“Clearly, the presence of animal touts means that officers are not being effective in stamping out the practice. However, I have not seen any evidence of officers accepting bribes,” he says.

“Society has both good and bad people. The same can be said about officers within the force. We cannot guarantee that every single officer is always totally transparent in his or her actions. However, it is also easy for the public to stereotype the police in a negative way, because people usually deal with the police when they are in some kind of trouble,” said Gen Teeraphol.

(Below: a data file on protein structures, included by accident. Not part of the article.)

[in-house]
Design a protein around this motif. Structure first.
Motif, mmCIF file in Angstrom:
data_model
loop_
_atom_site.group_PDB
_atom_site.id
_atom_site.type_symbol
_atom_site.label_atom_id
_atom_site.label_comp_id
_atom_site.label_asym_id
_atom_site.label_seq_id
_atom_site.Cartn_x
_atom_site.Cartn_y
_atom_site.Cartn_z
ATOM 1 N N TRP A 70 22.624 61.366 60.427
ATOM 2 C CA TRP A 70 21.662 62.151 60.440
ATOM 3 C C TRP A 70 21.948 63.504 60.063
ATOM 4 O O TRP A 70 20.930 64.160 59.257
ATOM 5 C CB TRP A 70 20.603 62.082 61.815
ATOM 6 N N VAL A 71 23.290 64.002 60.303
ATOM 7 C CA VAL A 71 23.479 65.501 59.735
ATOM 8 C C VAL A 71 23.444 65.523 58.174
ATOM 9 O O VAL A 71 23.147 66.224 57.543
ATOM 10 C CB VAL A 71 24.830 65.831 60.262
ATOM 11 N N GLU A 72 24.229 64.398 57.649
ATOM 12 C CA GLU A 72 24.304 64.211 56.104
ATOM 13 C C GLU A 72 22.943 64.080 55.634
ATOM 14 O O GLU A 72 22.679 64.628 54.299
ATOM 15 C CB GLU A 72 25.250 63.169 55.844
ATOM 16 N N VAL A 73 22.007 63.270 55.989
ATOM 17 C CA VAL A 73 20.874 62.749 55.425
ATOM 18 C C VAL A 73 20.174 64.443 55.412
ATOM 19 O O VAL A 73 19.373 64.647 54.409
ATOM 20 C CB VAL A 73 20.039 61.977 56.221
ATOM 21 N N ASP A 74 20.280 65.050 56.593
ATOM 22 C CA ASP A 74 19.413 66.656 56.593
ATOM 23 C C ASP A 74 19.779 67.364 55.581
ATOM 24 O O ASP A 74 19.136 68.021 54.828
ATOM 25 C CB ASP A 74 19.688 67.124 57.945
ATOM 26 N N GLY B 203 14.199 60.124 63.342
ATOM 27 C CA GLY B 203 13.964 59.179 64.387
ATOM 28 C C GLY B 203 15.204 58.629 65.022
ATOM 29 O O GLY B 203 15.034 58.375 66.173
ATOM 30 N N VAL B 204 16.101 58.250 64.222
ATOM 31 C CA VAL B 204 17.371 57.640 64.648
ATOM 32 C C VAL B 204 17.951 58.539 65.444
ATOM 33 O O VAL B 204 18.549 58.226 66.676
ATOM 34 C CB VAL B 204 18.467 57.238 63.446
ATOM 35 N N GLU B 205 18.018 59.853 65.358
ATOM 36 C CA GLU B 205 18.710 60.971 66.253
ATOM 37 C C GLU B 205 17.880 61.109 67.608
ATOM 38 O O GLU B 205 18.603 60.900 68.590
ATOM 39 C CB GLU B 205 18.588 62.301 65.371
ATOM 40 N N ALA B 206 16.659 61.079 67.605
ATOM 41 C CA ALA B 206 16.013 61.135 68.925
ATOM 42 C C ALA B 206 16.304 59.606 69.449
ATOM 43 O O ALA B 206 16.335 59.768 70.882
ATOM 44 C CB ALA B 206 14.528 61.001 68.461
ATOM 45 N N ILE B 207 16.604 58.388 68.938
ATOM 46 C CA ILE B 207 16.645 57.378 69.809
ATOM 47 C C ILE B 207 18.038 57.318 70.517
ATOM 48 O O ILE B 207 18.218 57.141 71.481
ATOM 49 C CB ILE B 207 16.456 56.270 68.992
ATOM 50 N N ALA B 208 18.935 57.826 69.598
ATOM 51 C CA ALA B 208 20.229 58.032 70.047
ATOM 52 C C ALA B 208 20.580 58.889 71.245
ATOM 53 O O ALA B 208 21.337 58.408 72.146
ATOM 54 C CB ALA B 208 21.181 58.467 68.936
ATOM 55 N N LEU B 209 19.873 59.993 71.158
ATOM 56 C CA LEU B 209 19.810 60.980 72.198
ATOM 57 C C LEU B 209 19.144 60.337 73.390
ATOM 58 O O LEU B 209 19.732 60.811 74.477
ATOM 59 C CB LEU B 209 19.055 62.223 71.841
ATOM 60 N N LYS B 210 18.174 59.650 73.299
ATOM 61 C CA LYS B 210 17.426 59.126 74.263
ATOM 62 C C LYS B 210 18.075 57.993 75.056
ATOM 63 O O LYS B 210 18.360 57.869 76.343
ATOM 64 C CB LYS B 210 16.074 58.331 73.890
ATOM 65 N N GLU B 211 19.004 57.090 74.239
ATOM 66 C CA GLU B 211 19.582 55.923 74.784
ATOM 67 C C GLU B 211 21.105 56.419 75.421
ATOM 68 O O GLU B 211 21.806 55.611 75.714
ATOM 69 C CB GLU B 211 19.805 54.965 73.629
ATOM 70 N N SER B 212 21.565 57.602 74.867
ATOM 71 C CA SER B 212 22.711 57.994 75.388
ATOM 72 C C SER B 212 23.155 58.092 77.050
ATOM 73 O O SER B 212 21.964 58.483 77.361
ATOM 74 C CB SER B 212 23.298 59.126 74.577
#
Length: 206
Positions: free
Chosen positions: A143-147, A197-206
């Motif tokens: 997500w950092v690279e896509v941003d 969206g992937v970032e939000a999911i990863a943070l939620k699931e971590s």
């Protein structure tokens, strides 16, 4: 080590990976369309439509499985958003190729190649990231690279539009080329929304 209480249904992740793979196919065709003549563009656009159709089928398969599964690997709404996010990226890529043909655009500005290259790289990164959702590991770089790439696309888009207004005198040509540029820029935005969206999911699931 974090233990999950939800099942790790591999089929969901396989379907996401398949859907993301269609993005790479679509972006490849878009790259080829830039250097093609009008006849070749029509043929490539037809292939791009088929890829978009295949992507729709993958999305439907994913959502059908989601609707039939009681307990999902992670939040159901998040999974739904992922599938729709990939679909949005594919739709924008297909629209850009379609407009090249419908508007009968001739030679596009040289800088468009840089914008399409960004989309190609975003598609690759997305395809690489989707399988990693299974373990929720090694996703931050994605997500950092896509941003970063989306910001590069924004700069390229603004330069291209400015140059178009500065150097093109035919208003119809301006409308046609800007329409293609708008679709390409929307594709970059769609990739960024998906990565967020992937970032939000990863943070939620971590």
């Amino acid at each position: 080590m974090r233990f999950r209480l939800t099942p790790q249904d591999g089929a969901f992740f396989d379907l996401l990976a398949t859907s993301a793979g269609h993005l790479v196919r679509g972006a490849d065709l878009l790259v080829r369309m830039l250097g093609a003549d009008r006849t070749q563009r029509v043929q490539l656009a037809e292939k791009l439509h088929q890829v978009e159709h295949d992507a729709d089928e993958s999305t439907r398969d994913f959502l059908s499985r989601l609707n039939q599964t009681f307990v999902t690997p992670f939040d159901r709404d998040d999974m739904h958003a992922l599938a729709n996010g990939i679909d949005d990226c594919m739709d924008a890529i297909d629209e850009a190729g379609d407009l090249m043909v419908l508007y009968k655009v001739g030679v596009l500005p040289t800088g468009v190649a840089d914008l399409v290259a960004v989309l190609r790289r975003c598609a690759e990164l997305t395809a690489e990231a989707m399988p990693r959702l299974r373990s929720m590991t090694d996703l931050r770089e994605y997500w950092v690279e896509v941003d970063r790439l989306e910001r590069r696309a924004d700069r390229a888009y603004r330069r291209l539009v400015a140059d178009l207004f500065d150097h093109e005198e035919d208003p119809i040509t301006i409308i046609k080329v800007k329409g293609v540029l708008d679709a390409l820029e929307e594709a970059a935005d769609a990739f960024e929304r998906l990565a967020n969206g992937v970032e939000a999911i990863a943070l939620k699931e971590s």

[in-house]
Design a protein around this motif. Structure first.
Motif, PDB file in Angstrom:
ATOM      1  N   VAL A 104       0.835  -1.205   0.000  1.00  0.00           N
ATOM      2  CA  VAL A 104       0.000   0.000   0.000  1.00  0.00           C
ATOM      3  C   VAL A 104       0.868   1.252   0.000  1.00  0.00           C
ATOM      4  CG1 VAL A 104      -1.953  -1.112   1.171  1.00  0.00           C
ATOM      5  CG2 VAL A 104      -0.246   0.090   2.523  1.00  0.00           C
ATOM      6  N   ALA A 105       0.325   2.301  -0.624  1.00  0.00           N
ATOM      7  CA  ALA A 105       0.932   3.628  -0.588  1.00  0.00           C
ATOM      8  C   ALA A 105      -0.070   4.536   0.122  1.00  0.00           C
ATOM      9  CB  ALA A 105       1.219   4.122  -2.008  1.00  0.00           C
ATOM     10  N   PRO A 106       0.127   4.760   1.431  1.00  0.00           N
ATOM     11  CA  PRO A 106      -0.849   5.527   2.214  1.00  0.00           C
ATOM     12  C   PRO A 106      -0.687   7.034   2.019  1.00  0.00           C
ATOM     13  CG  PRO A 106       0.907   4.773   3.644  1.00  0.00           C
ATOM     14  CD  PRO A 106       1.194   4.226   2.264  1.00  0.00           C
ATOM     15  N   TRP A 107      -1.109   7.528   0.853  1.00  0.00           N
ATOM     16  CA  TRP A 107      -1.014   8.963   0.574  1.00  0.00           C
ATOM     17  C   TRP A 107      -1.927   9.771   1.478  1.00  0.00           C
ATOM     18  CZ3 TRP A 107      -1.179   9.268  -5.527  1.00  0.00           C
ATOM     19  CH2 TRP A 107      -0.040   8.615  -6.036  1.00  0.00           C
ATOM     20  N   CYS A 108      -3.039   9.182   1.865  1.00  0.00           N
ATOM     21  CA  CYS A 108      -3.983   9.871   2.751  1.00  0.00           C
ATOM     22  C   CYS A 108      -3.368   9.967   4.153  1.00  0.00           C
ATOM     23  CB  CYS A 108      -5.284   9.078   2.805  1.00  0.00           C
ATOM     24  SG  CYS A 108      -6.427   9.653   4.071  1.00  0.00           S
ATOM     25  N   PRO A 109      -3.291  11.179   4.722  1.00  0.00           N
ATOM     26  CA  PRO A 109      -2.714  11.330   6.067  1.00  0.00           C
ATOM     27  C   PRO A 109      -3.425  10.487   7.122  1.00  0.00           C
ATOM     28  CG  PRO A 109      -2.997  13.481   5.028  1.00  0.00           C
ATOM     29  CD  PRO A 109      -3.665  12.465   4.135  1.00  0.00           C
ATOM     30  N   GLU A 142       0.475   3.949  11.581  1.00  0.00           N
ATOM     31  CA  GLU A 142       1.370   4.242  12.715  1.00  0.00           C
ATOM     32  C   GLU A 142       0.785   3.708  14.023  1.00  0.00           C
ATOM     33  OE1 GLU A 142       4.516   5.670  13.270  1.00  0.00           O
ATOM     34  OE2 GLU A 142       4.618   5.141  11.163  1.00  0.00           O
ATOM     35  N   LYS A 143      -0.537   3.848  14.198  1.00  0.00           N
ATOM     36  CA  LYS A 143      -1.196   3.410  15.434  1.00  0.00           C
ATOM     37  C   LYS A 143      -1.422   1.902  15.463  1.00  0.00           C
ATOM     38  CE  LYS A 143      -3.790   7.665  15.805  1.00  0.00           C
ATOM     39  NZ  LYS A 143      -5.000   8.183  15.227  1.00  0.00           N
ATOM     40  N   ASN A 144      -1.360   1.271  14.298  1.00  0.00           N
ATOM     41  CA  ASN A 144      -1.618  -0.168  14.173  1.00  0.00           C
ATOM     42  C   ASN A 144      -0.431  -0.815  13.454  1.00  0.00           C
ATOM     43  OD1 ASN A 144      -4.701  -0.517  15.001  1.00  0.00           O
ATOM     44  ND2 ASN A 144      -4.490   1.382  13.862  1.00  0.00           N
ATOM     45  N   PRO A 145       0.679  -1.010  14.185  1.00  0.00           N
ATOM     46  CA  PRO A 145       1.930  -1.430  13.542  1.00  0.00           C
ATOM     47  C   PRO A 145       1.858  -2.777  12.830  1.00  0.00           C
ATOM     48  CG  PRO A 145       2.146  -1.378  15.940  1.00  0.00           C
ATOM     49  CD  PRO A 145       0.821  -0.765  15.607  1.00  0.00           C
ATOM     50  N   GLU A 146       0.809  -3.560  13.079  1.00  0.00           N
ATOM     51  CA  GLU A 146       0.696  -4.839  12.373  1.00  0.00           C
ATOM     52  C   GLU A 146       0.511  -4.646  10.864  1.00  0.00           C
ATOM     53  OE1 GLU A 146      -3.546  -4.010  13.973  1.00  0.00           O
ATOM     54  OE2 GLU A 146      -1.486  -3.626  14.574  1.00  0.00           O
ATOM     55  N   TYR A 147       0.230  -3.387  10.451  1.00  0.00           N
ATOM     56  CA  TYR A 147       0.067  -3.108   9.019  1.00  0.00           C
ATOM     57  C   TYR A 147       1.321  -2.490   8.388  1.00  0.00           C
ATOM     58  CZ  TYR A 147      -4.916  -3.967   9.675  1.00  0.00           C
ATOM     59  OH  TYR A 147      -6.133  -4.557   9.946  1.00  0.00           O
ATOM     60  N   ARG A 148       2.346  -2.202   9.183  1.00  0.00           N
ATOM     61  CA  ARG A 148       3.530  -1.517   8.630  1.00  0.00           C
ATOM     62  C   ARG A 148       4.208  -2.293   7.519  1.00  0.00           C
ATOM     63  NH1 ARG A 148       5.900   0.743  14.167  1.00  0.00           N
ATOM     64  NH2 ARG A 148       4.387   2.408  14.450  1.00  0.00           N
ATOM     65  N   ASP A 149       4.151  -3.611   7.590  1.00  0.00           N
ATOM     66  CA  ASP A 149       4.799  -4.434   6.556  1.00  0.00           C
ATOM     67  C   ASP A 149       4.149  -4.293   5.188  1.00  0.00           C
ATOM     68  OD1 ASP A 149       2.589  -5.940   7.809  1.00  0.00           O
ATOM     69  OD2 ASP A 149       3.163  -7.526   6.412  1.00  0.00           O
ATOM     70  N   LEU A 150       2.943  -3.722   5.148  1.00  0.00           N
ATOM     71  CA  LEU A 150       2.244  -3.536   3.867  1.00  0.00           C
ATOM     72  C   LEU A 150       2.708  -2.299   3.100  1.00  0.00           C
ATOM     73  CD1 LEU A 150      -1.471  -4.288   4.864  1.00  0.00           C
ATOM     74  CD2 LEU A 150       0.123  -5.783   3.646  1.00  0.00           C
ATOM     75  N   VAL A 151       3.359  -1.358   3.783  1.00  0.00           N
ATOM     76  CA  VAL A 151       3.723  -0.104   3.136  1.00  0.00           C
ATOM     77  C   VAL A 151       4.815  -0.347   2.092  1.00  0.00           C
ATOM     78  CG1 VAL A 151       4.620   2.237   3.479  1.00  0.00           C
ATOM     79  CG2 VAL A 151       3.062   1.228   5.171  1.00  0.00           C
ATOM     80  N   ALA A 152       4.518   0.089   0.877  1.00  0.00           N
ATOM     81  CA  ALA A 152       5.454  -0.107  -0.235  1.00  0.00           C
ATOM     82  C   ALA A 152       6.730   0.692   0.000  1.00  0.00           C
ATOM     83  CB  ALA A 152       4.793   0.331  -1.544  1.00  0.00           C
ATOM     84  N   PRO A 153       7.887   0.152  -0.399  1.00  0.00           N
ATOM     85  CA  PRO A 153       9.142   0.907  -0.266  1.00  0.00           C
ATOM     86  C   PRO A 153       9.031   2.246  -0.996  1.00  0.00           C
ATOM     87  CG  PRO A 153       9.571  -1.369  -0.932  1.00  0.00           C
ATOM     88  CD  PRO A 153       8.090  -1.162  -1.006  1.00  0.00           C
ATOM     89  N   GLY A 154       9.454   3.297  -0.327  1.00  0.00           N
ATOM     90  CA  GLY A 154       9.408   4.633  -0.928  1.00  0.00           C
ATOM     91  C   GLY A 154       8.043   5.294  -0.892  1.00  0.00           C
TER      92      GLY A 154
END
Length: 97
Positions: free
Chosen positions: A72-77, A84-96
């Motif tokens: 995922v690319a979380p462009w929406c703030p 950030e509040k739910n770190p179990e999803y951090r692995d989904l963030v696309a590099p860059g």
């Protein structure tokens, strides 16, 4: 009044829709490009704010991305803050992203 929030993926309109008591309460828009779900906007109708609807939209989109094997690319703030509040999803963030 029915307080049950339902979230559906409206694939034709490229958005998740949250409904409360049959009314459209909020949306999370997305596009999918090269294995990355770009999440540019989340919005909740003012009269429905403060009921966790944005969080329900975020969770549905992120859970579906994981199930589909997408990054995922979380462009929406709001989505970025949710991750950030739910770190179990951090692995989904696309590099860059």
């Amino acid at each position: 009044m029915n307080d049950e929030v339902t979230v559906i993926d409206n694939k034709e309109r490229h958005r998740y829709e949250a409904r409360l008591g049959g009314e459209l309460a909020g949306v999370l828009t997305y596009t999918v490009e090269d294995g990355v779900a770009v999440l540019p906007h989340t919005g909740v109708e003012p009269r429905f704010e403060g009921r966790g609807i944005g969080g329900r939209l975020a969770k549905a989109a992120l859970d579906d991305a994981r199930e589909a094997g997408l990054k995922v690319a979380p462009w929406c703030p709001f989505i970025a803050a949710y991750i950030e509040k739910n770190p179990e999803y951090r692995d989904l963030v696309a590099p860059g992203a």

Either way, it’s time to stop playing the blame game and to start taking action, says the founder and president of the so-called ‘Phuket Anti-Corruption Network’, Surin Bamrungphol.

“There is no evidence of police receiving money from touts, so I cannot say whether or not police accept bribes from them or not,” he says.

“It’s really not as easy as you might think to pay off the police. If the allegations were true, the touts would have to pay off all of the officers in that area. It just wouldn’t be worth the expense for the tout,” said Dr Surin.

Faced with increased pressure from activists to do something about the slow loris touts spotted on Kata Noi Beach this month, Lt Col Pornnarong Karnonchai of the Karon Police was forced to admit that catching animal touts was a low priority.

“Tourists’ safety and the safety of their belongings is a bigger concern for us. We do our best to take care of smaller issues, such as touts on the beach. However, we are suffering from a lack of manpower,” said Col Pornnarong.